PROVIDENCE, R.I. (WPRI) — A Providence police sergeant who was placed on administrative leave over the weekend amid a review into his actions at a high-profile incident is leaving the department, Target 12 has learned.
Public Safety Commissioner Steven Paré confirmed that Sgt. Gregory Paolo put in for retirement Thursday morning. Paré said Paolo had been placed on administrative leave over the weekend as the Police Department conducts an internal review into a confrontation between police and two groups of neighbors on Sayles Street last Tuesday.
No action has been taken against any other officers yet as the Office of Professional Responsibility continues to review the matter, Paré added.
“He was one of several officers that we were reviewing behavior,” Paré said of Paolo.
The veteran police officer has more than 20 years on the force, making him fully vested in his pension. Retirement requests are handled by the Providence Retirement Board, not the Police Department.
In one of the body camera videos released last week, Paolo is seen on camera referring to a woman as a “she-male.”
“The Spanish against the Blacks, that’s exactly what it is,” he is also heard saying.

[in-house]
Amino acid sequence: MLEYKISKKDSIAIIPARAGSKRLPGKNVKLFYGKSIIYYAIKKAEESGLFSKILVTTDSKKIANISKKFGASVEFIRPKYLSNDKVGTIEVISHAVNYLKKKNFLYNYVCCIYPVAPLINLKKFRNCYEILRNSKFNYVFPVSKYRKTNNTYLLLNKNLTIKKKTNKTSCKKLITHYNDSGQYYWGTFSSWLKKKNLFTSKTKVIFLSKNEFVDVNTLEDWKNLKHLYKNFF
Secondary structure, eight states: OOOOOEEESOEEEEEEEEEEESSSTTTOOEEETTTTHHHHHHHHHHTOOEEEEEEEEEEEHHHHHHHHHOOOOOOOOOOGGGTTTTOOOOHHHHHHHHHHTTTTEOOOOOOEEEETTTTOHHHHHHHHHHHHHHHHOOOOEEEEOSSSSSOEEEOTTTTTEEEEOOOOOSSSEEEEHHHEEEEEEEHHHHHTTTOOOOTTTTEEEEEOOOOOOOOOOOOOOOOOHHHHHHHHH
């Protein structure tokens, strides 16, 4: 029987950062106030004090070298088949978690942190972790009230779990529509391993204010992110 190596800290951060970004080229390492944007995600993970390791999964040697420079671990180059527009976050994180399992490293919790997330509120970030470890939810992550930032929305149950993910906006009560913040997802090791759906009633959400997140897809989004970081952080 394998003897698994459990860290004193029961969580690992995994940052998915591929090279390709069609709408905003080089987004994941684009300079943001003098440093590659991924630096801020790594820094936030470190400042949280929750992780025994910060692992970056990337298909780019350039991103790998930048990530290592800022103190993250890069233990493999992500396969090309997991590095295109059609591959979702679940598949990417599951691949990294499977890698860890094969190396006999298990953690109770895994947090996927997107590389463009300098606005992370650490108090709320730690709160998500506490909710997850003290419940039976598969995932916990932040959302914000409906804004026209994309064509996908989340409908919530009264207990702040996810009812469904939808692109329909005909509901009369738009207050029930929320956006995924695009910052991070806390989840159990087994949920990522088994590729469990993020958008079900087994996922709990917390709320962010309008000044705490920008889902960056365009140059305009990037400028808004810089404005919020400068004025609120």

Zyrray Moore, a 21-year-old woman who spoke to 12 News last week, said she felt the language was “uncalled for.”
“Them telling me I’m a he-she … at the end of the day I’m a female, I know I am. And if I’m telling you, I shouldn’t have to go through that,” Moore said.
Moore, who was arrested by Paolo and other officers, said she was left in a hot van on a day where the heat index reached about 100 degrees. She was charged with simple assault, resisting arrest and disorderly conduct and has pleaded not guilty.
“The one that I locked up, the one with the short black hair that looks like a man,” Paolo says on the video after Moore’s arrest. “She assaulted me, I want her charged with that.”
Paolo and the Providence Police union president declined to comment.
Paolo is the only officer to be placed on leave thus far for the incident, at which officers deployed pepper spray and utilized batons to break up a dispute. Col. Hugh Clements said officers spent three hours on the scene trying to deescalate the situation, and used pepper spray and batons when verbal commands were ignored.
“It was used according to policy,” Clements said. “We have to as best we can try to create distance. For the safety of everyone, the people on the scene and the police officers. That’s why OC was used.” (OC is another term for pepper spray.)
Families held a news conference two days after the incident, claiming police improperly beat and pepper-sprayed children; Paré called those claims “inaccurate.” Officials say young children were not directly sprayed, but received residual effects from spray on people who were not complying with police commands.
Paré did acknowledge that inappropriate language was used by officers, and he said those remarks are under investigation along with the use of force.
“That’s not language that we accept,” he said. “When we complete all of this review, there will be responsibility and accountability for that.”